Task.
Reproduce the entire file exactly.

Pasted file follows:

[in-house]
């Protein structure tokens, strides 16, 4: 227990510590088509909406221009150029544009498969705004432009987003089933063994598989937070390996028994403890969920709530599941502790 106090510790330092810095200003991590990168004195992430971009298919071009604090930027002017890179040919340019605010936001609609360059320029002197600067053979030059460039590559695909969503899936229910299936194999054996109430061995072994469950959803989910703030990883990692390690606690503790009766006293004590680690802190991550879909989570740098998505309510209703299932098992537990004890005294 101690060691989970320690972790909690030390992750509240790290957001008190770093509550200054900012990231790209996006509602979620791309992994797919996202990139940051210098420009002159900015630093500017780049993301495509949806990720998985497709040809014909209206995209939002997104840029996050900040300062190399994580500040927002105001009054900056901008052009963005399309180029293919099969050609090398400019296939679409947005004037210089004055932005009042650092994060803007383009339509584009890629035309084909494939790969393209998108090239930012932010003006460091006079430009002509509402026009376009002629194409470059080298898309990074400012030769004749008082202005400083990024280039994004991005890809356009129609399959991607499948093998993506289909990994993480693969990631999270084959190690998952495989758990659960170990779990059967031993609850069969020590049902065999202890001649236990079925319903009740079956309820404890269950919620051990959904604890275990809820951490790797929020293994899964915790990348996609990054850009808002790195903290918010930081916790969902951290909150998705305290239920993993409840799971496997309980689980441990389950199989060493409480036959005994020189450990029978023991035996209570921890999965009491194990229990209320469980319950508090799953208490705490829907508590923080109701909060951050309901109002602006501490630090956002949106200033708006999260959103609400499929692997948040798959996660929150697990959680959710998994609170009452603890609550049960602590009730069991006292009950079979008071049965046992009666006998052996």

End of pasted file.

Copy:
[in-house]
């Protein structure tokens, strides 16, 4: 227990510590088509909406221009150029544009498969705004432009987003089933063994598989937070390996028994403890969920709530599941502790 106090510790330092810095200003991590990168004195992430971009298919071009604090930027002017890179040919340019605010936001609609360059320029002197600067053979030059460039590559695909969503899936229910299936194999054996109430061995072994469950959803989910703030990883990692390690606690503790009766006293004590680690802190991550879909989570740098998505309510209703299932098992537990004890005294 101690060691989970320690972790909690030390992750509240790290957001008190770093509550200054900012990231790209996006509602979620791309992994797919996202990139940051210098420009002159900015630093500017780049993301495509949806990720998985497709040809014909209206995209939002997104840029996050900040300062190399994580500040927002105001009054900056901008052009963005399309180029293919099969050609090398400019296939679409947005004037210089004055932005009042650092994060803007383009339509584009890629035309084909494939790969393209998108090239930012932010003006460091006079430009002509509402026009376009002629194409470059080298898309990074400012030769004749008082202005400083990024280039994004991005890809356009129609399959991607499948093998993506289909990994993480693969990631999270084959190690998952495989758990659960170990779990059967031993609850069969020590049902065999202890001649236990079925319903009740079956309820404890269950919620051990959904604890275990809820951490790797929020293994899964915790990348996609990054850009808002790195903290918010930081916790969902951290909150998705305290239920993993409840799971496997309980689980441990389950199989060493409480036959005994020189450990029978023991035996209570921890999965009491194990229990209320469980319950508090799953208490705490829907508590923080109701909060951050309901109002602006501490630090956002949106200033708006999260959103609400499929692997948040798959996660929150697990959680959710998994609170009452603890609550049960602590009730069991006292009950079979008071049965046992009666006998052996």